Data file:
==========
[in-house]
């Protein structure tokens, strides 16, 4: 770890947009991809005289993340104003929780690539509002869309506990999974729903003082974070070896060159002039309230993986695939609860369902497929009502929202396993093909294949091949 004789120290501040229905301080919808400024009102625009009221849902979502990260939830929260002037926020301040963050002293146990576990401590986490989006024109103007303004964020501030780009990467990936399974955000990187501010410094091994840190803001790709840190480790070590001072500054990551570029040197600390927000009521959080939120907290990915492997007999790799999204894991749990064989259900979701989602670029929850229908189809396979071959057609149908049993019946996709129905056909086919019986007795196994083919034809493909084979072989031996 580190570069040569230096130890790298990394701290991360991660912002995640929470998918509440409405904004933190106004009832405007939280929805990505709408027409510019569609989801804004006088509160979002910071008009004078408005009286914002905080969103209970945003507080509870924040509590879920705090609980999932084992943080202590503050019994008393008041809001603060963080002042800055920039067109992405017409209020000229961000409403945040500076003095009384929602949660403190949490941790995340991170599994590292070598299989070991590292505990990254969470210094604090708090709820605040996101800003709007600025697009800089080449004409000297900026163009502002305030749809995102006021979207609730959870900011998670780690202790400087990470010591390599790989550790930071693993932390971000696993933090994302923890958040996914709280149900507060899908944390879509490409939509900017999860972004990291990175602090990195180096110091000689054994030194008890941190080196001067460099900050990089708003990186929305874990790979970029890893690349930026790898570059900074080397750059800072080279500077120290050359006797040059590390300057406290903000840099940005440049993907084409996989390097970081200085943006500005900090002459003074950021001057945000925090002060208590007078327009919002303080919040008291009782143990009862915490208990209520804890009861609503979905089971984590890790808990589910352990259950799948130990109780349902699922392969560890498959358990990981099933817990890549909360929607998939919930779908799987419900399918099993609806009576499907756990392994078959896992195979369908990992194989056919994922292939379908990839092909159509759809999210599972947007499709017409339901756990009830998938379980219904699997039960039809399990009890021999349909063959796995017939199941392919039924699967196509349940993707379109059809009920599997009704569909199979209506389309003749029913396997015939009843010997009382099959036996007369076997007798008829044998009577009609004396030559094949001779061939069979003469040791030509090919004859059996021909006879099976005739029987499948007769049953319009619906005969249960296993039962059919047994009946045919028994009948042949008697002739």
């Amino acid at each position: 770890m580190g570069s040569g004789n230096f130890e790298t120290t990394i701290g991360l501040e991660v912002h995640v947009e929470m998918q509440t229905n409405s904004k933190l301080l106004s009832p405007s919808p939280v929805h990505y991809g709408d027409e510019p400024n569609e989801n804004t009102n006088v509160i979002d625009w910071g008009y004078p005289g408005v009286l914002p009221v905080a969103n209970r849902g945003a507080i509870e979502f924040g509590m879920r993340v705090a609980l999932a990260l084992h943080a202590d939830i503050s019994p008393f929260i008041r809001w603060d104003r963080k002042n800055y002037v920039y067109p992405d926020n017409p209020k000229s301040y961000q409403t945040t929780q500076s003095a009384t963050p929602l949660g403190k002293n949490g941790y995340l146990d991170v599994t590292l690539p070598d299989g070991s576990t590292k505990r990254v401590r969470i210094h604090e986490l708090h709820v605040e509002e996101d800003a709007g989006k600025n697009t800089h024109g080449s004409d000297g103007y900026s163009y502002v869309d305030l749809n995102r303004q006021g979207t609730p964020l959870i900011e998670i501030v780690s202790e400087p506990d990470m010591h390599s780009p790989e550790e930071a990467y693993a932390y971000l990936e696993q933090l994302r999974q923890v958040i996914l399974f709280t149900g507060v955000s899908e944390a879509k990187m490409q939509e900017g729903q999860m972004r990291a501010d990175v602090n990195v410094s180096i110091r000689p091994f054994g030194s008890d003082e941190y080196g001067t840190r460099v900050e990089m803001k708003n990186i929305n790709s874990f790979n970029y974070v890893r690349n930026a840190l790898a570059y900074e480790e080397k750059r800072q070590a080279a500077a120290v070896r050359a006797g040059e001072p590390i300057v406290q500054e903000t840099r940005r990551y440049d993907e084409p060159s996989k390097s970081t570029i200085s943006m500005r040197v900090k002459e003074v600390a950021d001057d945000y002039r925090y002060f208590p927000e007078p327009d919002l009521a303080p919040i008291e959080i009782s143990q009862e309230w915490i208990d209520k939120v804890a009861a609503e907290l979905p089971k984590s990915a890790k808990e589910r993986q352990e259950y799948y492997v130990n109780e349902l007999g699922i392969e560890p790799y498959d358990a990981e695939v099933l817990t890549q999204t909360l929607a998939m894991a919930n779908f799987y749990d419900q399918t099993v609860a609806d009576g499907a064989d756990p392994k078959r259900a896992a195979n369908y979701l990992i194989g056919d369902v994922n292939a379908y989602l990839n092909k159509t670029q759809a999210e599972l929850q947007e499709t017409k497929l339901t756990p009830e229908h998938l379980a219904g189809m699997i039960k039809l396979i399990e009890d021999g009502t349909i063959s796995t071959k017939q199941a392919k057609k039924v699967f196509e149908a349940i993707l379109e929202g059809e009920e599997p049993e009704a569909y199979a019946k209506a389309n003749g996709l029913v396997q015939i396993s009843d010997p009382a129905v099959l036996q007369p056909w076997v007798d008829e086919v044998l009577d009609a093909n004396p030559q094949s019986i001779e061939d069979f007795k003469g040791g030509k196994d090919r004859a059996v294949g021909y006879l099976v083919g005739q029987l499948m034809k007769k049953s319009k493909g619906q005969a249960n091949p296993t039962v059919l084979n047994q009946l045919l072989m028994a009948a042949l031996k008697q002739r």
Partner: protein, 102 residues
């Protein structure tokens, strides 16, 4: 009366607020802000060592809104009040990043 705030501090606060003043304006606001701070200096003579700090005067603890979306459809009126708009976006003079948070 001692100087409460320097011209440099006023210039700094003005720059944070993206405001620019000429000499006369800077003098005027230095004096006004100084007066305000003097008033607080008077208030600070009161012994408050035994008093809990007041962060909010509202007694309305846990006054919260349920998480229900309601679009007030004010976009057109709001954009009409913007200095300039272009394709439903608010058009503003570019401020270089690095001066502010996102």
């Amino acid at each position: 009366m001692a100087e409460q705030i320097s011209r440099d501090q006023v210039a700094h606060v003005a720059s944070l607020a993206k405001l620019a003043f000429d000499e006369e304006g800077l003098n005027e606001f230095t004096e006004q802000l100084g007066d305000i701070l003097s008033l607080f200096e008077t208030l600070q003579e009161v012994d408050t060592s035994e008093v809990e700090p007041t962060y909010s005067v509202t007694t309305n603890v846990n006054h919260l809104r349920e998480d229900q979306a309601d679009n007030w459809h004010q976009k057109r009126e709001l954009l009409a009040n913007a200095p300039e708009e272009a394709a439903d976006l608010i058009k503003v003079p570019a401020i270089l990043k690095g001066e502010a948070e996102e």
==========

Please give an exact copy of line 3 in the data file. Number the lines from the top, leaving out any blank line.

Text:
């Amino acid at each position: 770890m580190g570069s040569g004789n230096f130890e790298t120290t990394i701290g991360l501040e991660v912002h995640v947009e929470m998918q509440t229905n409405s904004k933190l301080l106004s009832p405007s919808p939280v929805h990505y991809g709408d027409e510019p400024n569609e989801n804004t009102n006088v509160i979002d625009w910071g008009y004078p005289g408005v009286l914002p009221v905080a969103n209970r849902g945003a507080i509870e979502f924040g509590m879920r993340v705090a609980l999932a990260l084992h943080a202590d939830i503050s019994p008393f929260i008041r809001w603060d104003r963080k002042n800055y002037v920039y067109p992405d926020n017409p209020k000229s301040y961000q409403t945040t929780q500076s003095a009384t963050p929602l949660g403190k002293n949490g941790y995340l146990d991170v599994t590292l690539p070598d299989g070991s576990t590292k505990r990254v401590r969470i210094h604090e986490l708090h709820v605040e509002e996101d800003a709007g989006k600025n697009t800089h024109g080449s004409d000297g103007y900026s163009y502002v869309d305030l749809n995102r303004q006021g979207t609730p964020l959870i900011e998670i501030v780690s202790e400087p506990d990470m010591h390599s780009p790989e550790e930071a990467y693993a932390y971000l990936e696993q933090l994302r999974q923890v958040i996914l399974f709280t149900g507060v955000s899908e944390a879509k990187m490409q939509e900017g729903q999860m972004r990291a501010d990175v602090n990195v410094s180096i110091r000689p091994f054994g030194s008890d003082e941190y080196g001067t840190r460099v900050e990089m803001k708003n990186i929305n790709s874990f790979n970029y974070v890893r690349n930026a840190l790898a570059y900074e480790e080397k750059r800072q070590a080279a500077a120290v070896r050359a006797g040059e001072p590390i300057v406290q500054e903000t840099r940005r990551y440049d993907e084409p060159s996989k390097s970081t570029i200085s943006m500005r040197v900090k002459e003074v600390a950021d001057d945000y002039r925090y002060f208590p927000e007078p327009d919002l009521a303080p919040i008291e959080i009782s143990q009862e309230w915490i208990d209520k939120v804890a009861a609503e907290l979905p089971k984590s990915a890790k808990e589910r993986q352990e259950y799948y492997v130990n109780e349902l007999g699922i392969e560890p790799y498959d358990a990981e695939v099933l817990t890549q999204t909360l929607a998939m894991a919930n779908f799987y749990d419900q399918t099993v609860a609806d009576g499907a064989d756990p392994k078959r259900a896992a195979n369908y979701l990992i194989g056919d369902v994922n292939a379908y989602l990839n092909k159509t670029q759809a999210e599972l929850q947007e499709t017409k497929l339901t756990p009830e229908h998938l379980a219904g189809m699997i039960k039809l396979i399990e009890d021999g009502t349909i063959s796995t071959k017939q199941a392919k057609k039924v699967f196509e149908a349940i993707l379109e929202g059809e009920e599997p049993e009704a569909y199979a019946k209506a389309n003749g996709l029913v396997q015939i396993s009843d010997p009382a129905v099959l036996q007369p056909w076997v007798d008829e086919v044998l009577d009609a093909n004396p030559q094949s019986i001779e061939d069979f007795k003469g040791g030509k196994d090919r004859a059996v294949g021909y006879l099976v083919g005739q029987l499948m034809k007769k049953s319009k493909g619906q005969a249960n091949p296993t039962v059919l084979n047994q009946l045919l072989m028994a009948a042949l031996k008697q002739r």